Some collectors will say the last of the classic coins disappeared from circulation by the early 1980s. However, Lincoln Wheat Cents still make occasional cameo appearances in pocket change, and some lucky collectors still strike silver during rolls searches and fortunate change drops from vending machines.

Of course, there’s nothing really scientific about these general observations. One thing to remember is that, for many of us, the aura of nostalgia always makes yesteryear appear a little better than it really may have been. And, besides, who’s to stop someone from peppering circulation with a few old-time rarities today? There have been some much-publicized coin drops in recent years involving collectors and dealers stocking general circulation with valuable pieces, and there’s no telling how many numismatic good Samaritans discreetly do this sort of thing day to day just because.

Though coverage of this topic does beg the rhetorical question: what’s left for collectors who want to make worthy finds in circulation today? The literal answer may be delightfully more complex than some would expect.

The Quest for Rarities

Many would argue there was a sort of lull in circulation finds throughout the early 1970s through mid-1990s. With the exceptions of the 1976 Bicentennial coin program and the release of the Susan B. Anthony Dollar in 1979, there was relatively little in the way of regular-issue United States circulating coinage to get excited about for a generation. Then along came the 50 State Quarters program in 1999, and the United States Mint has been on a blitz creating a diverse array of exciting new coins ever since.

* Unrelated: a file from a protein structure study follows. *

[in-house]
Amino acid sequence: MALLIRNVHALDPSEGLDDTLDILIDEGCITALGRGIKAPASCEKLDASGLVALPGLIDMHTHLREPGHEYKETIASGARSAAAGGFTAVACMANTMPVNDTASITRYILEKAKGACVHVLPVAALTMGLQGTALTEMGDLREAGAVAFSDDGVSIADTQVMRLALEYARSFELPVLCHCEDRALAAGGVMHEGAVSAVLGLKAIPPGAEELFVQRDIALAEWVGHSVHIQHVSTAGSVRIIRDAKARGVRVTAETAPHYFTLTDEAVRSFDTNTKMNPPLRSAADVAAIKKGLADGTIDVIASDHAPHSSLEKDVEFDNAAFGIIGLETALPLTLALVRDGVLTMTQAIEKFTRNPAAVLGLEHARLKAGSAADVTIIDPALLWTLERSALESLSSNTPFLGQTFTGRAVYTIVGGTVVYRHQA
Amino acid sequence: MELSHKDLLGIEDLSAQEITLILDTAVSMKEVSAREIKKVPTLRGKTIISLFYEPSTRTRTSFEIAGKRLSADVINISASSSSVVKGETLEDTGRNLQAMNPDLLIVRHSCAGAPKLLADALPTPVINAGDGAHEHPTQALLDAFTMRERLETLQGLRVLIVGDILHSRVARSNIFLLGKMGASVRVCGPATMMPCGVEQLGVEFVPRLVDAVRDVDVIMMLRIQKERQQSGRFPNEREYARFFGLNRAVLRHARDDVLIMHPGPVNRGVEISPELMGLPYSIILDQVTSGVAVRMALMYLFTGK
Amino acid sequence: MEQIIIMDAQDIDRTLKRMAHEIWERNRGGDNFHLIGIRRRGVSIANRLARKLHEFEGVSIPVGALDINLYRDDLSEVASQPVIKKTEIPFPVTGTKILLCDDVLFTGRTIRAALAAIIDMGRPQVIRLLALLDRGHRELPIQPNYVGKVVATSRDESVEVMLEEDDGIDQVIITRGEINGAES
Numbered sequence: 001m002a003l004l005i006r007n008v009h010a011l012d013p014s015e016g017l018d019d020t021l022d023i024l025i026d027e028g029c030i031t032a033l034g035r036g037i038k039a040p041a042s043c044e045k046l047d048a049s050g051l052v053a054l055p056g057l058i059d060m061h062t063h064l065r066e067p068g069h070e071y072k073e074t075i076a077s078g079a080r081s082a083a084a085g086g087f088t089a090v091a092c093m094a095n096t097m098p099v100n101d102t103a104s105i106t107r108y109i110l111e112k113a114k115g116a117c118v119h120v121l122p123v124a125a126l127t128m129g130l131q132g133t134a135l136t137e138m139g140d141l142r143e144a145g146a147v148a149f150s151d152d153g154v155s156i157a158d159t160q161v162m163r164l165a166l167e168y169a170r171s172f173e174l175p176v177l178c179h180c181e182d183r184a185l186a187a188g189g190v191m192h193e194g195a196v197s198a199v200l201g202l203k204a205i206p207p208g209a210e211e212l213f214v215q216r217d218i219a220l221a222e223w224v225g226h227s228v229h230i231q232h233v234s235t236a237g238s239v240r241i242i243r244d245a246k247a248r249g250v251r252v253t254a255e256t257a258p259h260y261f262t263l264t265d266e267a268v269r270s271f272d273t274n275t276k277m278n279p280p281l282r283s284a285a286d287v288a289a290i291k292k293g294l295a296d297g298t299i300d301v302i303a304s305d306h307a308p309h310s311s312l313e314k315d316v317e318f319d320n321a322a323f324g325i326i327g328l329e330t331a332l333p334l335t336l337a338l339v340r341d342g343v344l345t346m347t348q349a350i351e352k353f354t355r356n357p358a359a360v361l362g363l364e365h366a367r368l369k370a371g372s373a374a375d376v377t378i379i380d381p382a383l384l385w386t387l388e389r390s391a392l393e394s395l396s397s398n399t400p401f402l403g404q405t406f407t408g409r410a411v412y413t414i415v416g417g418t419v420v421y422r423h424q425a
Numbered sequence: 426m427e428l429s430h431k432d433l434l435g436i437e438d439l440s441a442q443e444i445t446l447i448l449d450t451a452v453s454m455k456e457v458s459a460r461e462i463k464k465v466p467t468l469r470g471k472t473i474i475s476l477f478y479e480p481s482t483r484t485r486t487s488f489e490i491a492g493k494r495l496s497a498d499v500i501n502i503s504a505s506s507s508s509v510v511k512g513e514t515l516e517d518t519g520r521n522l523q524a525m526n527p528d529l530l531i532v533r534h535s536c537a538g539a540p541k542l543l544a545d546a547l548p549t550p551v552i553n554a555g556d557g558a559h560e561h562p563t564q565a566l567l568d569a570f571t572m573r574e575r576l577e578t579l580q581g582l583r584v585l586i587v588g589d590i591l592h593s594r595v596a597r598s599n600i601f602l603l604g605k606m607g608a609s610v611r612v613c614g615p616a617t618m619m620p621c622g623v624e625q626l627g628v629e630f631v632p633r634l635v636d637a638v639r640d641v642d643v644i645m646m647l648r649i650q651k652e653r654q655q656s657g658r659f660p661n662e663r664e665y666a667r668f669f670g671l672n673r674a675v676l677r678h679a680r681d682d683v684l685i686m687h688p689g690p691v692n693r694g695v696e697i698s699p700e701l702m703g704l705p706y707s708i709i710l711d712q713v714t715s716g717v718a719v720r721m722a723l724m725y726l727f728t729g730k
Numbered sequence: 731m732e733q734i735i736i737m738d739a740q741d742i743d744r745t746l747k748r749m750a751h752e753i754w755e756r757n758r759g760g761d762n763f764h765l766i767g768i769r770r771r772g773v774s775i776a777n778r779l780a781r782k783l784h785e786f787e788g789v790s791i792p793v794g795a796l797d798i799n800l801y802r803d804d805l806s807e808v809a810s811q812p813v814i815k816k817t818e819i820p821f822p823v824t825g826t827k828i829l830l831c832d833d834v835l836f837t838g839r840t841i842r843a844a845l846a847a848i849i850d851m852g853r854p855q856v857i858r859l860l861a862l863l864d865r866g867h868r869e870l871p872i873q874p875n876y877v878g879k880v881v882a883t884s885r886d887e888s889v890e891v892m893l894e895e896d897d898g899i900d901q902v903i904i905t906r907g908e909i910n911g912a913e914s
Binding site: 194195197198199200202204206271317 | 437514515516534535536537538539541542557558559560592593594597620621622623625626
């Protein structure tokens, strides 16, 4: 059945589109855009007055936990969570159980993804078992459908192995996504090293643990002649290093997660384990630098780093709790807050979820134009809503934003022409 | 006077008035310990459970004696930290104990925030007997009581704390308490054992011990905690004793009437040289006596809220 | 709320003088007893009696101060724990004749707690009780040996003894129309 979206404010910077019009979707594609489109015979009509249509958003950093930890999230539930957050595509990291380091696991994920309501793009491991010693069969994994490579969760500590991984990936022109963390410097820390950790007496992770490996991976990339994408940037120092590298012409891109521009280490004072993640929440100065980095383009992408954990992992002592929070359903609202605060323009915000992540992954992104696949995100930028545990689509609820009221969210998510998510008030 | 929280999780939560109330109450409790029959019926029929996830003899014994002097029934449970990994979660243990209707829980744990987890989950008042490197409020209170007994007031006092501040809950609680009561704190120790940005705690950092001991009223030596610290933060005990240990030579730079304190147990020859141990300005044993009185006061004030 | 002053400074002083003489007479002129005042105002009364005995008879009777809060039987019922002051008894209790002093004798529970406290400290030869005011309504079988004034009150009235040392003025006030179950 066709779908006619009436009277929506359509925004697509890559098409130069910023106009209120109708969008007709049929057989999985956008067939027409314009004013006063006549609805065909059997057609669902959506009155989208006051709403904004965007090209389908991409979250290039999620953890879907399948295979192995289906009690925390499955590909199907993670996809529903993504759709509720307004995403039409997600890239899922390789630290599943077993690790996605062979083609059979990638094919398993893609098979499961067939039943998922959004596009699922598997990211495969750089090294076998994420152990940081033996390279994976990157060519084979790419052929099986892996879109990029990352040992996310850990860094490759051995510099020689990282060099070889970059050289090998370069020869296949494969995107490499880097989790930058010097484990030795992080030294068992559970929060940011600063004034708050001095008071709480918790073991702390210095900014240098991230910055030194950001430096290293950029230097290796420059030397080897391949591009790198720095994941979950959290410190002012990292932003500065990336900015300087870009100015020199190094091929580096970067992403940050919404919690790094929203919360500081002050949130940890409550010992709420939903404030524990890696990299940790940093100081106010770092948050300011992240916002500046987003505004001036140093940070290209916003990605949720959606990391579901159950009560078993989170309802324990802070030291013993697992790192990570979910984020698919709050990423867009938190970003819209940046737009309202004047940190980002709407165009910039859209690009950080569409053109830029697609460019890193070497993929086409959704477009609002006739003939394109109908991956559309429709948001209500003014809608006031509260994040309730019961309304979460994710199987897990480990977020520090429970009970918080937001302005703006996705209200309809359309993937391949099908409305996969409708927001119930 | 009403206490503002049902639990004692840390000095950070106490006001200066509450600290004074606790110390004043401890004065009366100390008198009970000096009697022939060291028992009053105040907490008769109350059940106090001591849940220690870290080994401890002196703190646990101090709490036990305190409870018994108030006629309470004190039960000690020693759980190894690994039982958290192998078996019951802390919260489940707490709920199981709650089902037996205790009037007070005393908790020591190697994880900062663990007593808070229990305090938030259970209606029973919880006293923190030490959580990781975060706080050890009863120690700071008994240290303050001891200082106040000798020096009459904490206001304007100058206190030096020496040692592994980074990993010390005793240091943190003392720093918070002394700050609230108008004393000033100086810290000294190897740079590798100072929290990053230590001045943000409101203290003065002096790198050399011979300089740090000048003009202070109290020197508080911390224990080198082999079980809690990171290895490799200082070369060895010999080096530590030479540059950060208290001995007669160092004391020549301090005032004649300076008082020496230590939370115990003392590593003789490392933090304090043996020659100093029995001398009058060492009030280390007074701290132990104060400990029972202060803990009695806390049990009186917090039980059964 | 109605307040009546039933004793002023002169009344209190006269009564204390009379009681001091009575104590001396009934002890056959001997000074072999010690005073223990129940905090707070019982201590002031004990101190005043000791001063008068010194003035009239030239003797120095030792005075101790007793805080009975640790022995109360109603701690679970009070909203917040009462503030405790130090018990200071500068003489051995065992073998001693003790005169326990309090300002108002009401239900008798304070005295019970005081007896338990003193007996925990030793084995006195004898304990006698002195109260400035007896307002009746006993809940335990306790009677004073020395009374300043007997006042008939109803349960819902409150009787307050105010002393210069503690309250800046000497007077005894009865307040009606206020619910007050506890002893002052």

While mostly worth face value in circulated grades, these modern United States coin initiatives give collectors a virtually endless array of fun set-building objectives, while uncirculated and proof versions of these coins (including their precious-metal variants) offer a tantalizing degree of numismatic and financial challenge for collectors building PCGS Registry Sets encompassing these new coins.

Washington America the Beautiful Quarters, 2019-W 25C Lowell NP First Week of Discovery, PCGS MS66. Click image to enlarge.

Meanwhile, the United States Mint has more recently endeavored on creating so-called “circulating rarities,” or limited-mintage coins that can only be found in circulation. Among the most popular of these have been the W-Quarters, or America The Beautiful Quarters struck to the tune of just 2 million pieces each at the West Point Mint. These scarce quarters, bearing the “W” mintmark and in some cases other distinctive features, are worth more than face value even in circulated grades. And those who have submitted First Discovery pieces to PCGS can earn significant cash bounties and limited-edition PCGS Special Labels.

And don’t forget about error coins and die varieties. These oddities include doubled dies, repunched mintmarks, and die breaks. These perennially cool pieces never go out of fashion and they can be quite rare and valuable, too. Perhaps best of all? Quirky coins like these often go completely unnoticed by non-collectors and even many diehard coin collectors, giving eagle-eyed cherrypickers the opportunity to locate these fascinating error coins and varieties in circulation at face value.

Circulation Finds Coin Collecting: Basics